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Cougar
A biologist with the provincial Environment and Sustainable Resource Development (ESRD) is recovering in the hospital following a harrowing encounter with a mountain lion. The biologist was performing this labors in the surrounding area of Nose Mountain when she was pummeled by the cougar. Another employee with the ESRD by the name of Jamie Hanlon confirmed that their follow co-worker sustained injuries during the attack. Her co-workers administered first aid to her and until she was transported to the local hospital in Grand Prairie.

At the time of the attack, seven ESRD workers were conducting research for the Fisheries Sustainability Index. Details are sketchy about the types of injuries the woman sustained in the attack, but officers with the Fish and Wildlife are taking it seriously. The cougar has a death sentence declared on it and once it is captured by the Fish and Wildlife, it will be put to sleep.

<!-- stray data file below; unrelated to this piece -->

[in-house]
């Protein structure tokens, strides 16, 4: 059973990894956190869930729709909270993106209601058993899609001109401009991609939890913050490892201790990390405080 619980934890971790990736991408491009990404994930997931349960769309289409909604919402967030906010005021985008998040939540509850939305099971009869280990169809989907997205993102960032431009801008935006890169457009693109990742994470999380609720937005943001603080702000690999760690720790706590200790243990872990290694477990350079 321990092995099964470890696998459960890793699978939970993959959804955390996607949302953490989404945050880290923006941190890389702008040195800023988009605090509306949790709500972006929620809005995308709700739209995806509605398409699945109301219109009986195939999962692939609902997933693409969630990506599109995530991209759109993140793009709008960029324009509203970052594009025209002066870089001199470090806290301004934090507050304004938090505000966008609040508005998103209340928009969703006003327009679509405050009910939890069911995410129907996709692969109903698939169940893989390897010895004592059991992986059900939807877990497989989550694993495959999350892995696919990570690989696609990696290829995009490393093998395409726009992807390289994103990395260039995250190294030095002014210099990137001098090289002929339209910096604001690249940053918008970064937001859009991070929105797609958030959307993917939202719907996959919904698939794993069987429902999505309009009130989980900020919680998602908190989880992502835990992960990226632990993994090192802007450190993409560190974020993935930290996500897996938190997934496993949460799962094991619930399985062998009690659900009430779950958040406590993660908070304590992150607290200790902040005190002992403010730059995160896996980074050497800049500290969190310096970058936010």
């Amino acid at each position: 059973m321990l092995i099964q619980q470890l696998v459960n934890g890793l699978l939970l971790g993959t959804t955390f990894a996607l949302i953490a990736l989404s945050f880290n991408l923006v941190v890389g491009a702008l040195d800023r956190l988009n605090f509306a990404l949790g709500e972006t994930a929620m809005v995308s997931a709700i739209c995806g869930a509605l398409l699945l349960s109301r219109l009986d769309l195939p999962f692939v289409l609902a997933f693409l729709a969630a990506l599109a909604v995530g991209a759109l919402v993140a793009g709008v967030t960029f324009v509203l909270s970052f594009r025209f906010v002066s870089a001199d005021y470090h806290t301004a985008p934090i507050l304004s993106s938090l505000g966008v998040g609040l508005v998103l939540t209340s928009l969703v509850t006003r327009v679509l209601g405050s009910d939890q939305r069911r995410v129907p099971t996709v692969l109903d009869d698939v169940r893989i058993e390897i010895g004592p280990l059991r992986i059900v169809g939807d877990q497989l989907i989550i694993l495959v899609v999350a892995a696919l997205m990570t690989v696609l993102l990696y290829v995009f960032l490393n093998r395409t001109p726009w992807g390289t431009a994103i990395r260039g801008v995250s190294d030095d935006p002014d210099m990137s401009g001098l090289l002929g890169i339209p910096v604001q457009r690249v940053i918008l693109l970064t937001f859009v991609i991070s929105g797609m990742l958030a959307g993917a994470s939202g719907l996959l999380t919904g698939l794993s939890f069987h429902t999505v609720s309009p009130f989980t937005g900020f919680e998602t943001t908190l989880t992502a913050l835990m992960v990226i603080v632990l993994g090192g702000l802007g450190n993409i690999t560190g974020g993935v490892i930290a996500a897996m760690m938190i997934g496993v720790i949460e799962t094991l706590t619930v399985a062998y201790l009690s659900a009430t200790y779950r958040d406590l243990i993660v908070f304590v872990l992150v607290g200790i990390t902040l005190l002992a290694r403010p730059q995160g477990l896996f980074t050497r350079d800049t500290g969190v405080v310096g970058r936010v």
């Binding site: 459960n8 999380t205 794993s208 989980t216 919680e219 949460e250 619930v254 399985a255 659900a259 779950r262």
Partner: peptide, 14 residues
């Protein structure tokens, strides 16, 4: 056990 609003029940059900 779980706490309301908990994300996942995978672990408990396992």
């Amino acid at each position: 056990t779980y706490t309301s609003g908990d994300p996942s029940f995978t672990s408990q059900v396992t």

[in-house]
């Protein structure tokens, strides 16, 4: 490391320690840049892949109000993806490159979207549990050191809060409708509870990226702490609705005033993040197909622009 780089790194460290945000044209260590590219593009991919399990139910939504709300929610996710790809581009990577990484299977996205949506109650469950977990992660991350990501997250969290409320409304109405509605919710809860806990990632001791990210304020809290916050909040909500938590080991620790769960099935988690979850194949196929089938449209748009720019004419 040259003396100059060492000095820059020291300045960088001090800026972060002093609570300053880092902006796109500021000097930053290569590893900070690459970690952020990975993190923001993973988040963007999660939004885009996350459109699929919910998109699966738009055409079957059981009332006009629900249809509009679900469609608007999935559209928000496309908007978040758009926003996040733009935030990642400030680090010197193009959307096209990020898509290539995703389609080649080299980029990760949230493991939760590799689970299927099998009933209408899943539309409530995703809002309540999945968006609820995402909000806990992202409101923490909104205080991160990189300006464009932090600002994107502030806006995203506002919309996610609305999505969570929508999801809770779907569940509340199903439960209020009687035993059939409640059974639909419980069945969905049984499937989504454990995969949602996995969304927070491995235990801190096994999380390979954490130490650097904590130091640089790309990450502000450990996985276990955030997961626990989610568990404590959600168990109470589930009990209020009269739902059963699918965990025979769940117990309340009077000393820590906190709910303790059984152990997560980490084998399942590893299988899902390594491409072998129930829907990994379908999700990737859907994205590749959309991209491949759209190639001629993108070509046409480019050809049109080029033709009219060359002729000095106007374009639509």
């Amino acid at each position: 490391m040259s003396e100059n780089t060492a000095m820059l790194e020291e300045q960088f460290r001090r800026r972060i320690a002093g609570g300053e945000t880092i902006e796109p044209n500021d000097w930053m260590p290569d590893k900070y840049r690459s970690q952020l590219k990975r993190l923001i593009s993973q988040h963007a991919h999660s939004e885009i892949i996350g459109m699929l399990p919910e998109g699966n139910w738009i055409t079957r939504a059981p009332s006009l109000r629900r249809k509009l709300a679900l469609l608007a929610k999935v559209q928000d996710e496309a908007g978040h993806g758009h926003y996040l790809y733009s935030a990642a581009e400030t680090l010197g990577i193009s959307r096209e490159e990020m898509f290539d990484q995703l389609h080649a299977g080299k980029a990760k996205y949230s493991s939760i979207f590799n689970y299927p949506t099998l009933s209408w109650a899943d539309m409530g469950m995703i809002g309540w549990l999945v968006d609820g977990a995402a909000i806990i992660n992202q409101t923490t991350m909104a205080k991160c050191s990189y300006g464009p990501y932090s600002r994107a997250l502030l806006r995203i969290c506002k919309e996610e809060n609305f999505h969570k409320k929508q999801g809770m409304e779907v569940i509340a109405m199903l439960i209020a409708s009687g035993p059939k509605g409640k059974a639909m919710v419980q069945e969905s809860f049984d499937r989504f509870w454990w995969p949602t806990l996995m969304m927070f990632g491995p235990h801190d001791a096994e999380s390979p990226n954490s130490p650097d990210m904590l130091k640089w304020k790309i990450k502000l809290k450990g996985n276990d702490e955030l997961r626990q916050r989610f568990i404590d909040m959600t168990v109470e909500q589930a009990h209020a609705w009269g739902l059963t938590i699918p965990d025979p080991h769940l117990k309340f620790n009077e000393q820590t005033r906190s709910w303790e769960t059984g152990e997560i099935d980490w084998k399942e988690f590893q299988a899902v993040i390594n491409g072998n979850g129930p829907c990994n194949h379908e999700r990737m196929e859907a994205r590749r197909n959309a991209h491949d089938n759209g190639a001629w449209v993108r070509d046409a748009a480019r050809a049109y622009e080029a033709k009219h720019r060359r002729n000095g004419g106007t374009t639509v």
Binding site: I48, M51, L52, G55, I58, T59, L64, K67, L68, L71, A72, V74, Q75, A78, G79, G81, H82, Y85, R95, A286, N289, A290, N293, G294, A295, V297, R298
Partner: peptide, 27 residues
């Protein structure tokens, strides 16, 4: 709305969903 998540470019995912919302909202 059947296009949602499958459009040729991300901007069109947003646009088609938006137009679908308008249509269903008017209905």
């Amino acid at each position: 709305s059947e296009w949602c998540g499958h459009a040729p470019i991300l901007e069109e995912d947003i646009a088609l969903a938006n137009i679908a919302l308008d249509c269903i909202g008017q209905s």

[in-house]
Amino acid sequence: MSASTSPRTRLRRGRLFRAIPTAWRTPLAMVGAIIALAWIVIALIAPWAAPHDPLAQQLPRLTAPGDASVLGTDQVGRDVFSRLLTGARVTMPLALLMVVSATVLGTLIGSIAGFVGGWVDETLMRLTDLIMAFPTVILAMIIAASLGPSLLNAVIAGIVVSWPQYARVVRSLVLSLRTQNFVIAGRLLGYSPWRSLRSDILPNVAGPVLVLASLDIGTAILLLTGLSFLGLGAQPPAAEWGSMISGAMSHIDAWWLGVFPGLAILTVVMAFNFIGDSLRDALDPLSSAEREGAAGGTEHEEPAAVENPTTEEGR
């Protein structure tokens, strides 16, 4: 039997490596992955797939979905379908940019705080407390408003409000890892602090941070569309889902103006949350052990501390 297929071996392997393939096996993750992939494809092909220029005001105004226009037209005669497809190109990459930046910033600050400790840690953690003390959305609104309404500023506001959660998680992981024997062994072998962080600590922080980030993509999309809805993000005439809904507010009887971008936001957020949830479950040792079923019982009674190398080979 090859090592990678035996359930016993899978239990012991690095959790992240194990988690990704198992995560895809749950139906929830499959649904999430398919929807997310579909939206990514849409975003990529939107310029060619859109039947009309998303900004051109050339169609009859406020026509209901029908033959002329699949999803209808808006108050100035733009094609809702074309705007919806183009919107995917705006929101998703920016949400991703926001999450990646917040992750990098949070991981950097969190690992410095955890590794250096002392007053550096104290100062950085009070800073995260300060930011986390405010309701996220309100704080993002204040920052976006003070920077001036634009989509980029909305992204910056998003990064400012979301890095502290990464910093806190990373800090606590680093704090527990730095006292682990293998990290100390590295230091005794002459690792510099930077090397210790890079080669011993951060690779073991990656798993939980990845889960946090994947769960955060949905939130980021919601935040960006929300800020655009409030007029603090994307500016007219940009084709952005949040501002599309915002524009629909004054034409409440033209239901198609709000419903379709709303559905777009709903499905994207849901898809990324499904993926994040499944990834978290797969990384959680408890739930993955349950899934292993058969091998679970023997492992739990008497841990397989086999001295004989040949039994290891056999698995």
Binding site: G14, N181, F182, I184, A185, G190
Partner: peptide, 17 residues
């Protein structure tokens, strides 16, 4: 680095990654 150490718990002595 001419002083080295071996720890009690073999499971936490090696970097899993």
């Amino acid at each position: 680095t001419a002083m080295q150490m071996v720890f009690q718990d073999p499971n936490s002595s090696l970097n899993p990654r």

Additional details came forward which indicate the injuries sustained by the victim were serious. She was airlifted by STARS to the hospital. The officers searching for the cougar are actually a posse of four members with Fish and Wildlife and a houndsman to aid in the tracking effort. The typical behavior of cougars is reclusive and they shy away from humans. For a cougar to outright attack a person makes them a danger to the general public. For that reason, it will be killed to prevent further attacks.

Brendan Cox, spokesman for the office of the Justice and Solicitor General, explained to the public that cougars are known to roam these parts. If a person is attacked by a cougar, the best defense is to put up a struggle and fight back. Generally, cougars expect their prey to attempt to flee. Fighting back causes them to realize person is not prey and they subsequently withdraw.